It was one year ago today that the World Health Organization declared COVID-19 a global pandemic. The announcement from Director-General Tedros Adhanom carried a clear sense that no aspect of life as we know it would remain unaffected.
“This is not just a public health crisis; it is a crisis that will touch every sector—so every sector and every individual must be involved in the fight,” Adhanom said.
At RTI International, we had been monitoring the situation since the first reports that a “novel coronavirus” had been infecting residents of Wuhan, China, in late December 2019. With a deep concern for global public health, and a workforce of more than 5,000 to look out for, we knew this was no ordinary outbreak.
The same week as the WHO announcement, we sent the majority of our worldwide staff members home for an unknown period of remote working. While our headquarters in Research Triangle Park, North Carolina, and our offices around the world emptied, our work never stopped.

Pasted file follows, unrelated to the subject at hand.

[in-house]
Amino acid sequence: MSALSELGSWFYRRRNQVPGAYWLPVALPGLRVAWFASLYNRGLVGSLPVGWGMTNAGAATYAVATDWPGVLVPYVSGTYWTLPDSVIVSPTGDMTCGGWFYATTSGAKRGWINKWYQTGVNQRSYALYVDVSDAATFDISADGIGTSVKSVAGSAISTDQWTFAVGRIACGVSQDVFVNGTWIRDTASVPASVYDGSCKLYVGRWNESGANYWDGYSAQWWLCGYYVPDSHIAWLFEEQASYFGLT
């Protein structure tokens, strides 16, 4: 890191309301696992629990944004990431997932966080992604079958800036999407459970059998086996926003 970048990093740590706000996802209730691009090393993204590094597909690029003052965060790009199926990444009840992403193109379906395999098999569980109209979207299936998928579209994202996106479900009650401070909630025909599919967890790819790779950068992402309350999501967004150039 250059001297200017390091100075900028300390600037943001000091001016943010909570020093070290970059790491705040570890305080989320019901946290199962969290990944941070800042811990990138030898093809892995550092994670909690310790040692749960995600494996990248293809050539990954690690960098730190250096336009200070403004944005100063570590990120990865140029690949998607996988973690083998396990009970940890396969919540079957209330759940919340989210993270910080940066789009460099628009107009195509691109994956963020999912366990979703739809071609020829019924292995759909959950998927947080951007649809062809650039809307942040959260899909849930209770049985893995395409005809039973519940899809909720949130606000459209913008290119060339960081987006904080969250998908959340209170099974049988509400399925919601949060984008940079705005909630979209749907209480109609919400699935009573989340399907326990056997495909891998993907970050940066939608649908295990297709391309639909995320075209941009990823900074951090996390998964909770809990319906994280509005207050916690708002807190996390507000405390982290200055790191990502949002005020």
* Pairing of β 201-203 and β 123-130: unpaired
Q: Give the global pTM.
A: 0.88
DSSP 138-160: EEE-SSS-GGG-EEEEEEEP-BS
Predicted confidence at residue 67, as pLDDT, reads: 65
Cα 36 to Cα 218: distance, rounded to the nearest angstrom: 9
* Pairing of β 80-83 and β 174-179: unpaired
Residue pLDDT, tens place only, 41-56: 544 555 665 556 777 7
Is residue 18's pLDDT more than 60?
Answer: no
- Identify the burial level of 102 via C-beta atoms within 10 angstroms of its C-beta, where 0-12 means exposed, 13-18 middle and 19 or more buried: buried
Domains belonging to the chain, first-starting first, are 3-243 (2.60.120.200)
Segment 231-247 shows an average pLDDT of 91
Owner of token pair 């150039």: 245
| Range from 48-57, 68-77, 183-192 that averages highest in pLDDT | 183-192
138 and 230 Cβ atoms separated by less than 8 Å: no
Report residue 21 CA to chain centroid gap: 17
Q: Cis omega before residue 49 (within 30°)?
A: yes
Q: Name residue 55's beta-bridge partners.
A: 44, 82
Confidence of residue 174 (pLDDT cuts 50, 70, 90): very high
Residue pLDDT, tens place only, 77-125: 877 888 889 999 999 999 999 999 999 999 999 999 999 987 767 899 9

As an institute committed to improving the human condition, we are ideally suited to not only be involved in the fight against COVID-19, but to lead it. Our experts in epidemiology, public health, international development, engineering, economics, survey research, data analysis, communication, and many other fields met the moment and will continue to contribute to the solutions the world needs as it emerges from the crisis.
The response to the COVID-19 pandemic is the story of our year. It is the fight of our lives. As we reflect on a year of battling COVID-19, the work goes on, and we will never be the same.
The following are some of RTI’s key achievements from a year unlike any other.
Now working from home, away from their usual desks and teams, RTI’s survey professionals quickly assessed the new reality. How would they keep collecting data from thousands of sources despite the upheaval? For the people involved in the EIA Gas Price Survey, advanced preparation for disasters and disruptions ensured that they could maintain their intense weekly schedule. The teams working on our postsecondary education surveys juggled the sudden office closure, shifting federal deadlines, and general disruption among the students and educational institutions they support.